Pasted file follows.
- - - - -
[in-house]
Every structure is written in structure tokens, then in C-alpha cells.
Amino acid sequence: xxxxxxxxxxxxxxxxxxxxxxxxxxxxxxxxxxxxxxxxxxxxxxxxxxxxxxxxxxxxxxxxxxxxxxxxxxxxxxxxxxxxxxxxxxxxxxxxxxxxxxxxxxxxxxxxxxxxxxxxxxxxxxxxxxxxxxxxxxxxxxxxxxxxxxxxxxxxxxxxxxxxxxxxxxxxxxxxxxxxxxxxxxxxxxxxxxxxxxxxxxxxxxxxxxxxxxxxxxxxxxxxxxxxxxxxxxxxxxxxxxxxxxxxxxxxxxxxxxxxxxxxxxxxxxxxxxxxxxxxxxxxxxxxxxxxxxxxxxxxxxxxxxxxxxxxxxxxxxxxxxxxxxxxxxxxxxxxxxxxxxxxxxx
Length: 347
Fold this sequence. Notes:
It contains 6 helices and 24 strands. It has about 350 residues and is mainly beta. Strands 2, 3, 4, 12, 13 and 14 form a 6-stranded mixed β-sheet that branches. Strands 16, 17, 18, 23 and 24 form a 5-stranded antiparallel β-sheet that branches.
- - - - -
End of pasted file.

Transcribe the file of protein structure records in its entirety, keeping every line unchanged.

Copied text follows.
[in-house]
Every structure is written in structure tokens, then in C-alpha cells.
Amino acid sequence: xxxxxxxxxxxxxxxxxxxxxxxxxxxxxxxxxxxxxxxxxxxxxxxxxxxxxxxxxxxxxxxxxxxxxxxxxxxxxxxxxxxxxxxxxxxxxxxxxxxxxxxxxxxxxxxxxxxxxxxxxxxxxxxxxxxxxxxxxxxxxxxxxxxxxxxxxxxxxxxxxxxxxxxxxxxxxxxxxxxxxxxxxxxxxxxxxxxxxxxxxxxxxxxxxxxxxxxxxxxxxxxxxxxxxxxxxxxxxxxxxxxxxxxxxxxxxxxxxxxxxxxxxxxxxxxxxxxxxxxxxxxxxxxxxxxxxxxxxxxxxxxxxxxxxxxxxxxxxxxxxxxxxxxxxxxxxxxxxxxxxxxxxxx
Length: 347
Fold this sequence. Notes:
It contains 6 helices and 24 strands. It has about 350 residues and is mainly beta. Strands 2, 3, 4, 12, 13 and 14 form a 6-stranded mixed β-sheet that branches. Strands 16, 17, 18, 23 and 24 form a 5-stranded antiparallel β-sheet that branches.